How To Get It Done
Life is full and complicated for every writer. We have spouses and children and grandchildren and pets and extended family. There are interruptions and unexpected things which happen. In this article, I want to give you some ideas about how to get it done.
Admittedly in publishing there is a lot to do—writing the work is a challenge, finding a publisher, then getting it into the market and on-going marketing. Every aspect of the business involves effort and work. Many of the aspects are routine and involve simply siting at your keyboard and moving your fingers. I don't want to be too simplistic but getting the ideas out of your head is often the first active step in the process.
On the surface, people look at my work and believe I must be doing something different. I've written more than 60 books for traditional publishers (and in many different types—but all nonfiction). I've also written for more than 50 print magazines (stopped counting at 50). Plus I'm now working in acquisitions at my third publishing house. I'm blessed to have great opportunities (which I try and seize) and I continually work at growing my relationships.
First, let me give you basic truth about how to get it done. There are many things which are not getting done in the process of getting something done. I have my own share of unanswered emails, unreturned phone calls, Things around the house to fix or clean…..the list goes on and on. No one gets it all done—even if they look like they are getting it done.
How do you get things done? Several things:
1. Baby steps and continually pushing ahead with your writing—in spite of what else is going on in your life.
2. Persistent and continual knocking on new doors of opportunity. I've written about this in the past and it's the need of every writer. When you aren't writing for magazines and the book contracts have stopped, take a minute and think about why this is happening. Are you still writing query letters and pitching your ideas to editors? Are you writing book proposals and pitching those new ideas? If not, maybe that is the reason.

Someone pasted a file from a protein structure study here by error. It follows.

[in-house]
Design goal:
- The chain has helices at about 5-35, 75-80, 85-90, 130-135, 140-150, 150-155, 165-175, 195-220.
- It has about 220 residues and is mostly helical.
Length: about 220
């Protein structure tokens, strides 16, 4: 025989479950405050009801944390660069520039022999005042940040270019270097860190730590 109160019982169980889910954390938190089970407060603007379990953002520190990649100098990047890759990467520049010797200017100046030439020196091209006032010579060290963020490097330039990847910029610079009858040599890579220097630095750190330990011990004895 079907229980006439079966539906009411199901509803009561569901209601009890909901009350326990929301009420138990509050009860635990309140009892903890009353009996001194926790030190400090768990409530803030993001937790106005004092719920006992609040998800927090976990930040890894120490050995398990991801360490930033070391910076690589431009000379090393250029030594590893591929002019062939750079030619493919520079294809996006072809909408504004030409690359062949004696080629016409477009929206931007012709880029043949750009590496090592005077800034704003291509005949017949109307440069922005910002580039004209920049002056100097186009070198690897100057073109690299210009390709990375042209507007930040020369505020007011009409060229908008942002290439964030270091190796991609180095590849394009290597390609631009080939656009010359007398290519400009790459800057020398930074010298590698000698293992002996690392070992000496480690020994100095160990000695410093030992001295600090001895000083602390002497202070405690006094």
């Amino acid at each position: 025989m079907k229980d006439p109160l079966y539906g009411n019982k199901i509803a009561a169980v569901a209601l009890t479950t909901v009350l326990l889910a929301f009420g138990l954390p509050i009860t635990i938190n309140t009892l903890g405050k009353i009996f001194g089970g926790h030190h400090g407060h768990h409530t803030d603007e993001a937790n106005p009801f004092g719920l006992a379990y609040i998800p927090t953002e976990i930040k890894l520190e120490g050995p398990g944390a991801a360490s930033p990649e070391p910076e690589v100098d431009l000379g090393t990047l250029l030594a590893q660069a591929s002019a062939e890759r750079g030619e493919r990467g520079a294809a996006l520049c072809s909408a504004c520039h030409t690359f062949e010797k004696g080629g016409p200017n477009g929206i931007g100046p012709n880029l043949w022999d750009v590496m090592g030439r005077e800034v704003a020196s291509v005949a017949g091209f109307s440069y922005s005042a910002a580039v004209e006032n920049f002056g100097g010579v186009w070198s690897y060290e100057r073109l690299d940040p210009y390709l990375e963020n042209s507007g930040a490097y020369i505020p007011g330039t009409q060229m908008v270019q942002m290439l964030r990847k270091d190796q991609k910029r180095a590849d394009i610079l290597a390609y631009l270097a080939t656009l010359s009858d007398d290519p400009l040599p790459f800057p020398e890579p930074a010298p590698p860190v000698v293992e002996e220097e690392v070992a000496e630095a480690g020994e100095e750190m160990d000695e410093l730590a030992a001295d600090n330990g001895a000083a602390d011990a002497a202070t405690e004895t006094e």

3. As you have ideas, consistently take action on these ideas. For example, today I was scanning through my news feed on Facebook. I noticed one of my Morgan James authors talking about how her book will make a great Christmas present. It was a terrific action on her part—which linked to her book on Amazon. I clicked the link and noticed this book had one Amazon review. This book came out four years ago—the same year as my Billy Graham biography, which just went over 100 Amazon reviews). I reached out to this author on email, complementing her on the marketing effort—and giving a number of other ideas of what can do to improve. I may or may not hear from this author but I had some ideas and took action on them.
Also maybe you've seen my little personal campaign to get over 100 reviews on Amazon. It happened and I'm grateful for everyone who helped me. I blogged. I emailed (individually and on my email list). I called people and any other way I could to get to this number. My point is it did not happen organically or naturally or without any effort.
Nothing happens without your taking action and responsibility. You can do many things in the publishing world but your action will be the difference maker in this process. If I can help you in this process, my work contact information is on the bottom of the second page of this link.
What steps do you take to get it done? Let me know in the comments below.
If you feel overwhelmed about your writing, get ideas and encouragement here. (ClickToTweet)